Meet the First American Woman to Make a Scotch
WHY YOU SHOULD CARE
Because scotch isn’t (just) for old men in smoke-filled libraries.
By Lisa Rabasca Roepe
Carin Luna-Ostaseski had never been a scotch fan, until a co-worker invited her for drinks after a stressful day at work. That evening, Luna-Ostaseski had a change of heart; today, she is the founder and CEO of SIA Scotch Whisky — and the first American woman to make a scotch.
Before that outing, Luna-Ostaseski had tasted the spirit just once and found it “too smoky.” But when her co-worker persuaded her to give it another try and ordered a flight of five small pours, a 14-year-old Oban was all it took to change her mind — and the course of her career.
Soon, Luna-Ostaseski had turned into a zealot, driven to introduce others to her new favorite spirit. She quickly realized that most people, like her, try scotch once and never order it again. “That’s like drinking a glass of red wine once and not liking it,” Luna-Ostaseski tells OZY. “You can’t dismiss the category as a whole because you tried one glass.”
Then, when a long-term relationship ended, Luna-Ostaseski channeled the money she had been spending on couples counseling into building a serious scotch collection, and invited friends over to partake. Like a seasoned sommelier, she would ask guests to name spirits they enjoyed, flavors they preferred and cocktails they typically ordered — and then matched them to a scotch that suited their profile. She even started to make her own scotch blends in her kitchen.
Sipping a glass of scotch encourages people to slow down, Luna-Ostaseski says. When she first started curating her scotch collection, she was working at a tech startup in the Bay Area, developing smartphone apps. It was hectic and stressful work, but sharing a glass of scotch with a friend, she found, was the perfect antidote to staring at a computer and smartphone all day.
Her objective was to create a spirit that would appeal to someone who had never tried scotch before as well as someone who adored it.
In 2012, Luna-Ostaseski stumbled across a Kickstarter campaign raising $10,000 to open a craft brewery in Kutztown, Pennsylvania. The seed was planted, and that November, she launched her own Kickstarter campaign looking for $39,000 to complete production of her first batch in Scotland and to import it for distribution in the U.S. As Luna-Ostaseski sat down for Thanksgiving dinner, she had raised $27,000; by the time dinner ended, that number had reached $37,000. Matt Mullenweg, co-founder of WordPress, a friend of a friend and a huge scotch fan, had kicked in $10,000. As result, the first run of 1,500 bottles had “Mullenweg Edition” printed on the label below “SIA.”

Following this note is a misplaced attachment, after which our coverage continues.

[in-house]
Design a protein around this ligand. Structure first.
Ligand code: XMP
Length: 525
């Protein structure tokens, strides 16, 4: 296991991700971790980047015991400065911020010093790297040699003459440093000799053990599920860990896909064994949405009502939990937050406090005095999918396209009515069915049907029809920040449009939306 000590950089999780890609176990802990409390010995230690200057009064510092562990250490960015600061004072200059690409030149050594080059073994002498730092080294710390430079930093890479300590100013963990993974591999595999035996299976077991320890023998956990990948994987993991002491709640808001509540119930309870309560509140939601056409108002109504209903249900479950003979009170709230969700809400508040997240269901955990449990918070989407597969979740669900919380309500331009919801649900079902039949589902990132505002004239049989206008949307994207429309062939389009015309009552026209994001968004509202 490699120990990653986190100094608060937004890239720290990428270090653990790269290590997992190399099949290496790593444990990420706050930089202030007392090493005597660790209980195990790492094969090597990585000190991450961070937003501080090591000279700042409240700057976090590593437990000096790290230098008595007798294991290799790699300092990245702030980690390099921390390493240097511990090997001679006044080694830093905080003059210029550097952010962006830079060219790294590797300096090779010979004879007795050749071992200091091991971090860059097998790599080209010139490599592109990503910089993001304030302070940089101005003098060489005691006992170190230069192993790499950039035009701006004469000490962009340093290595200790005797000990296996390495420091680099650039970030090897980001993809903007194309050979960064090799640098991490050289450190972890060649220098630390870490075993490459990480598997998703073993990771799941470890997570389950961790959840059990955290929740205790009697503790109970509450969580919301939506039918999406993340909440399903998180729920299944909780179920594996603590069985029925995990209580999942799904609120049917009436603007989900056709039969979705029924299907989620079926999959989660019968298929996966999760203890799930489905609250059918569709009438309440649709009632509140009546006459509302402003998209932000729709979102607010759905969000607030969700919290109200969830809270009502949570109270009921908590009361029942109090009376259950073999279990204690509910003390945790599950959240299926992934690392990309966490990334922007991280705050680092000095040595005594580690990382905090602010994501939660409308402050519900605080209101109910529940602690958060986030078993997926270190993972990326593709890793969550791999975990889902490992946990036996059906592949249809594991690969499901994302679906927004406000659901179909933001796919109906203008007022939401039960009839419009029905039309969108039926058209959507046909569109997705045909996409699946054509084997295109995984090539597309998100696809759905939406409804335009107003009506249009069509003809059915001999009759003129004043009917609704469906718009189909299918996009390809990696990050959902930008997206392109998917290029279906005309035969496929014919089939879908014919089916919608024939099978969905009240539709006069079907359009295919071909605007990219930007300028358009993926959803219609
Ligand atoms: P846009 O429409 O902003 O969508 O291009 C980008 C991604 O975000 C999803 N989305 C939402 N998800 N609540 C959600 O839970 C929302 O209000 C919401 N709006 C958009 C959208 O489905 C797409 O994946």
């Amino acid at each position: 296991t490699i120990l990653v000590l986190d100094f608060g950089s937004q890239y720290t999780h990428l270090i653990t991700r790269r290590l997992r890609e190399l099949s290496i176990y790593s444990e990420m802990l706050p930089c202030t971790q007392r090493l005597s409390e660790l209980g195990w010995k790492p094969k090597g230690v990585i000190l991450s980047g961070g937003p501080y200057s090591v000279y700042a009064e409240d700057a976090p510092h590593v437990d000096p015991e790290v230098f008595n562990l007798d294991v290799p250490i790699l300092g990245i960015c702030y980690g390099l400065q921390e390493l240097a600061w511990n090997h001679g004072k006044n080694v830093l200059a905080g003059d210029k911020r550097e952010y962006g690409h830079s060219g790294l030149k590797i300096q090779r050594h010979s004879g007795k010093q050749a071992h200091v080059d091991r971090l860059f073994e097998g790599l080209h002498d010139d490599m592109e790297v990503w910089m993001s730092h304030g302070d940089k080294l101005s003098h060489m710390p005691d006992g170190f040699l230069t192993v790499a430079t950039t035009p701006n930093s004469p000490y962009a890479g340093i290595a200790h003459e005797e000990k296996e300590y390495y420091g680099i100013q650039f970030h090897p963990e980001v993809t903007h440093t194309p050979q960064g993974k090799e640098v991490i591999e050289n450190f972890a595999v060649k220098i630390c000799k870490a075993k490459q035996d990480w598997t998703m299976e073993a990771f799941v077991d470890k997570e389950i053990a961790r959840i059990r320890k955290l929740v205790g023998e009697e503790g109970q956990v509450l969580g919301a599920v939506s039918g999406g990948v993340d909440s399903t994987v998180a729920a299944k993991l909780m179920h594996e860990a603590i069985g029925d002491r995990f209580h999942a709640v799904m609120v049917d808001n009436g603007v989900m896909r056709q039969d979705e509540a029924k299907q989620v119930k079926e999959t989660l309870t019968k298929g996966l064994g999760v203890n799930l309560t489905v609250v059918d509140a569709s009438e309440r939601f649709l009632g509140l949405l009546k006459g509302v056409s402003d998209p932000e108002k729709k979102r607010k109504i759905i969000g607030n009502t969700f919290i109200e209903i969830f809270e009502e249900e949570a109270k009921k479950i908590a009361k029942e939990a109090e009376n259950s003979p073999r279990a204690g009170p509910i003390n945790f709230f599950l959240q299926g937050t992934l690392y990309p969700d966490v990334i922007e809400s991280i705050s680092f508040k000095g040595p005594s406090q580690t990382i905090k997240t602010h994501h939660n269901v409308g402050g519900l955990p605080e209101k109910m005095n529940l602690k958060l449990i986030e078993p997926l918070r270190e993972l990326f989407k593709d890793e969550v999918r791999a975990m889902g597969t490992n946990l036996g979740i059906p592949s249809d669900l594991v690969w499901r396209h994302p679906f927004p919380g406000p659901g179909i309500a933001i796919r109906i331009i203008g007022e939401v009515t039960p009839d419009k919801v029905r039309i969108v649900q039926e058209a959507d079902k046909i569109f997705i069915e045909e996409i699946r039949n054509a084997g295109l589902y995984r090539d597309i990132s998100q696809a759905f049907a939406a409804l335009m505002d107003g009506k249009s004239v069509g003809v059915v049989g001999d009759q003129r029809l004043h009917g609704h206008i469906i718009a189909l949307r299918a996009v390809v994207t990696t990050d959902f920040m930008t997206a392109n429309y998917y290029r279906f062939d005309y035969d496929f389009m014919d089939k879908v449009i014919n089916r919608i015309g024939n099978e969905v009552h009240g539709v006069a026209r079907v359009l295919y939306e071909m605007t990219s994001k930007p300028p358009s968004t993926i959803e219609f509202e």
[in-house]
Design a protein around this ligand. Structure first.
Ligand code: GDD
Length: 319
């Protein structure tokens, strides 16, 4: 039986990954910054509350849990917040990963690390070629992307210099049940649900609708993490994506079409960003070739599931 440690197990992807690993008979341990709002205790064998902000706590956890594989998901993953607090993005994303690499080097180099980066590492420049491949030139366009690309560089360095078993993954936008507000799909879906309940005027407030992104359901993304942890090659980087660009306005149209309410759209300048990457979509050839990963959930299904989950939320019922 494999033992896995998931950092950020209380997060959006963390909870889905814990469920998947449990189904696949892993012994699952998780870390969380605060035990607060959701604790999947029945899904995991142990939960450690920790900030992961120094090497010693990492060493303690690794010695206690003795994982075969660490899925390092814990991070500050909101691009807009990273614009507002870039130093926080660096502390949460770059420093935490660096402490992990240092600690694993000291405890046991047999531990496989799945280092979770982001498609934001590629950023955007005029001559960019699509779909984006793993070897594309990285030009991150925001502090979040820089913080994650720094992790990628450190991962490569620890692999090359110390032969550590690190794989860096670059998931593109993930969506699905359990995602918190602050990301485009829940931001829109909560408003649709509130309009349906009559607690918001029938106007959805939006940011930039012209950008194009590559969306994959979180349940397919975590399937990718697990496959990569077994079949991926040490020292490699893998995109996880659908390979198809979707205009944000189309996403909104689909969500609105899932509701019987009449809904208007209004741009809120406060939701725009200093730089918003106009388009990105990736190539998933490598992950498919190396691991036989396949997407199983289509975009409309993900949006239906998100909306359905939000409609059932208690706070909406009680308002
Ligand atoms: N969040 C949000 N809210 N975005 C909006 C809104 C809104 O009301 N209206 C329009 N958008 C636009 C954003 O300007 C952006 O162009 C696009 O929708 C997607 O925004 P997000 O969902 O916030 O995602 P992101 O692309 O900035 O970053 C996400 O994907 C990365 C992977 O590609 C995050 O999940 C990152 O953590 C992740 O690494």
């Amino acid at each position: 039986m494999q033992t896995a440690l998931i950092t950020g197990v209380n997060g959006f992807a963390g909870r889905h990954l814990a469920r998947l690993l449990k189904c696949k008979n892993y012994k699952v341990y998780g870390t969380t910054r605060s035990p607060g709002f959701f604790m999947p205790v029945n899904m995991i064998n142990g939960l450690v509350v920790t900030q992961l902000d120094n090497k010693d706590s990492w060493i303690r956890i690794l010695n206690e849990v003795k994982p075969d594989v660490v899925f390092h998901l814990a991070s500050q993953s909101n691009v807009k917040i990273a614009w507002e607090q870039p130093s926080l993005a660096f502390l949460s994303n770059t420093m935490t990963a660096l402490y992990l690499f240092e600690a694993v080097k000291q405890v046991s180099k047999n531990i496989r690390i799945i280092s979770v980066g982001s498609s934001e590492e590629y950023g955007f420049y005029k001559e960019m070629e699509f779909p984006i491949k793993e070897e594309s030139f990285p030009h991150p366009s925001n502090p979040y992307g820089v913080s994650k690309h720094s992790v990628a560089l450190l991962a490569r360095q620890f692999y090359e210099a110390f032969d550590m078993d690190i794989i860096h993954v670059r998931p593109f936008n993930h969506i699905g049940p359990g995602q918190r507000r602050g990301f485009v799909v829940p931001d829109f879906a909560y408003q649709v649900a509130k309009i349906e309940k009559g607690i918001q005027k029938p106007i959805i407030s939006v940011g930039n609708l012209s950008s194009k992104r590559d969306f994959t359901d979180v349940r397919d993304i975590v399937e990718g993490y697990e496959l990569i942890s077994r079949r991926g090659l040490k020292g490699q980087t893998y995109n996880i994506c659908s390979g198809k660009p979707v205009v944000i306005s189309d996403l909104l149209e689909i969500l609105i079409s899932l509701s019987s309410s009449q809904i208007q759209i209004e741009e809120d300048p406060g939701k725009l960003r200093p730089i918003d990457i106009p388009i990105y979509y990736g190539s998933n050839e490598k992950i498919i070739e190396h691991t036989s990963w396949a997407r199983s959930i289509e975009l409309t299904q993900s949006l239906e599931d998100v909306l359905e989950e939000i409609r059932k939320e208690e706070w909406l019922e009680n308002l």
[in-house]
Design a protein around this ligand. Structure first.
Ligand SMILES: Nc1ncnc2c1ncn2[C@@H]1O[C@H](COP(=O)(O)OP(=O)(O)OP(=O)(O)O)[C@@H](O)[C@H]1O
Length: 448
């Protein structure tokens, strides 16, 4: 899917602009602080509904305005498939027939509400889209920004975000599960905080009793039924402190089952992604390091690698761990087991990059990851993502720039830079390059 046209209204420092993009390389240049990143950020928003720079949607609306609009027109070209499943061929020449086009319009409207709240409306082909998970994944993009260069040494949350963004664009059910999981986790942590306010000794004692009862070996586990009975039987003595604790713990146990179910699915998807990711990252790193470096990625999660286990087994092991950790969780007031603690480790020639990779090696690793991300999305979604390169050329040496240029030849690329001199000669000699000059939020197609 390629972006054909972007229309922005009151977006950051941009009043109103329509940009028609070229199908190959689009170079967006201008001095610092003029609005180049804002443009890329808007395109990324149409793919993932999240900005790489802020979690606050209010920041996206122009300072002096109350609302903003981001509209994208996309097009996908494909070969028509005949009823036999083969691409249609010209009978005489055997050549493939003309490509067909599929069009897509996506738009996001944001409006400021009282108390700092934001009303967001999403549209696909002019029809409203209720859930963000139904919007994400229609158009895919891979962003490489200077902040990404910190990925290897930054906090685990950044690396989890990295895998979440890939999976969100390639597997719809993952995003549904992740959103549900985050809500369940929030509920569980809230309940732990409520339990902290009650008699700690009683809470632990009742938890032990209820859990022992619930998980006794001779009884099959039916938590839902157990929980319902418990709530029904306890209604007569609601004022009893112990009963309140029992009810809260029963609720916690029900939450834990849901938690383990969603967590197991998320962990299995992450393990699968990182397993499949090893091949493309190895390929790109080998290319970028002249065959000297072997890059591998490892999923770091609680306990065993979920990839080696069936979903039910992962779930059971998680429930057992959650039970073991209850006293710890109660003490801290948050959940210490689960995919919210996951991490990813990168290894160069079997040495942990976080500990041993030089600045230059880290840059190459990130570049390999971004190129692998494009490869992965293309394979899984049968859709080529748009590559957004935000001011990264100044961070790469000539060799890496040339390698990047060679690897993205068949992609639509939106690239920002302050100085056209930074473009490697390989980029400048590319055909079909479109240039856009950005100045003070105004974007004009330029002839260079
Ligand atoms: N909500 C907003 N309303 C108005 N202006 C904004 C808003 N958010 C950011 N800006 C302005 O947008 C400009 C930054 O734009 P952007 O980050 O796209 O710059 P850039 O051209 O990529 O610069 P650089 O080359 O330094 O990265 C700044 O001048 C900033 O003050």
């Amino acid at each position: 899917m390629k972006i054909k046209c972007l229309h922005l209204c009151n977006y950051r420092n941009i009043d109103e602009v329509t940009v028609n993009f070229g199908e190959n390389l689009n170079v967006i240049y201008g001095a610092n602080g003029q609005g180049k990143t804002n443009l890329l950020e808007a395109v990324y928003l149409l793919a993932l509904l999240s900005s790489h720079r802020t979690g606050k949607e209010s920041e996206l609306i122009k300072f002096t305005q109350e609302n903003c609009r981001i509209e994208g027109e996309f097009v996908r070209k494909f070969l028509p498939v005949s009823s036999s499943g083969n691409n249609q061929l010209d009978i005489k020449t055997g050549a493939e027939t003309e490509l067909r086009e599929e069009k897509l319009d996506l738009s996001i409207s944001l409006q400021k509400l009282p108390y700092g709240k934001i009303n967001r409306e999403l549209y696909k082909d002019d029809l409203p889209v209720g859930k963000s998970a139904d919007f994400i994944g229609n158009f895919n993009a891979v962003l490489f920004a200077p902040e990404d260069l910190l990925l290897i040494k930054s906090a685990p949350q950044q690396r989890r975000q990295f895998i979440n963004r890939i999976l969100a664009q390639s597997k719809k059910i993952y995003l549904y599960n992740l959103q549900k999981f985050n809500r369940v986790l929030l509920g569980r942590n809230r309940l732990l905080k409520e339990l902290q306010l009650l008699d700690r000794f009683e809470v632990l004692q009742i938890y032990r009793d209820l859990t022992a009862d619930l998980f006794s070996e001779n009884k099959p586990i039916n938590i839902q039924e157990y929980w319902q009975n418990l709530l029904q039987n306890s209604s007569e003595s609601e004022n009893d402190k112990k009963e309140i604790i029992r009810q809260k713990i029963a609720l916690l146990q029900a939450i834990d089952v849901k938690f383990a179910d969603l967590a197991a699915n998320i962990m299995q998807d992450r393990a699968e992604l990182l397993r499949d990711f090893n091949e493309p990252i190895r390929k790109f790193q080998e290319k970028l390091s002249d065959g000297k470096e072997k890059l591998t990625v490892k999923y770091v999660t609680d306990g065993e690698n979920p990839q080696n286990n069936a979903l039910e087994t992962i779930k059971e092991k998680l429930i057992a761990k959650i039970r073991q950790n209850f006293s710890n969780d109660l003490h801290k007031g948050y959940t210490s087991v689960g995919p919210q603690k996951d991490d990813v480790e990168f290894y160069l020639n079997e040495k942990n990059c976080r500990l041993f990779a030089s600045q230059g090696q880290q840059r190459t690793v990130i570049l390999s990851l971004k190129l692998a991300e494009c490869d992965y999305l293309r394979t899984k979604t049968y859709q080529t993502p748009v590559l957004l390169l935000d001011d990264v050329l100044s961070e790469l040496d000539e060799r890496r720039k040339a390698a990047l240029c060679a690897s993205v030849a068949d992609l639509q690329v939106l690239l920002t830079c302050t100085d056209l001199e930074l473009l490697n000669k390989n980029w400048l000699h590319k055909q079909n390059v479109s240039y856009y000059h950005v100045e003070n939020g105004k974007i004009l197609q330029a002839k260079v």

The more difficult task, however, was finding a distillery in Scotland to produce SIA. Luna-Ostaseski contacted more than 80 companies before she found one willing to help her. That was thanks to Lauren Shayne Mayer, vice president of operations for Spirit Imports Inc. in Sunrise, Florida, who introduced her to a master blender in Scotland after Luna-Osteseski had emailed Mayer asking for help.
Mayer is a fourth-generation scotch aficionado: Her grandfather and great-grandfather were active in the industry, and her father owns the Scotch Malt Whisky Society of America and the Classic Cask brand. Lauren and her sister, Gabby Shayne — together they’re known as the Whisky Sisters — organize tastings and events across the country to encourage younger consumers to try blended Scotch whisky. They were impressed by Luna-Ostaseski and wanted to support her efforts to demystify scotch for younger drinkers.
“She is breaking barriers,” Mayer says. Luna-Ostaseski, the daughter of Cuban immigrants, challenges the stereotypes associated with scotch. “Blended scotch is perceived as the scotch on the rocks that old men drink,” Mayer tells OZY. Luna-Ostaseski says she “wanted to create a scotch with a modern, sexy appeal that you could drink with friends and colleagues.”
Even the name SIA (pronounced SEE-ah), which means “six” in Scottish Gaelic, is welcoming. “A lot of scotch names are complicated and hard to pronounce,” Luna-Ostaseski says. “I wanted to make it an accessible scotch in flavor profile and in the name.” In terms of flavor, her objective was to create a spirit that would appeal to someone who had never tried scotch before as well as someone who adored scotch. First-time tasters “can be turned off if the nose is too smoky or peaty,” she says. “By the time they taste it, they’ve already decided they don’t like it.”
SIA, by contrast, is “very smooth on the nose with a lot of the vanilla and caramel notes,” Luna-Ostaseski says. Experienced tasters looking for those familiar smoky, peaty notes will find them in the finish, she insists.
Alex Renshaw, founding partner of the Dogma Group, a boutique beverage marketing and event agency, and a Scotch whisky expert for the San Antonio Cocktail Conference, says blended scotch is experiencing a resurgence in popularity. And many of the newer brands are feeding the wave through innovation, hipper packaging and flavor profiles that appeal to younger palates.
Last year, SIA received 96 points in the Ultimate Spirits Challenge, beating out such well-established brands as Oban 14 and Johnnie Walker Blue. That level of recognition and approval explains why SIA can now be found in 260 restaurants and bars in nine states, plus 391 grocery and liquor stores.
Meanwhile Luna-Ostaseski — married and living in San Francisco — continues on her evangelical mission to introduce more people to scotch, whether in her home, at corporate tasting events at Facebook and Twitter, or public tastings in stores throughout Northern California. “I love meeting people and telling them my story firsthand,” she says, “and seeing their reaction as they taste it.”
- Lisa Rabasca Roepe, OZY AuthorContact Lisa Rabasca Roepe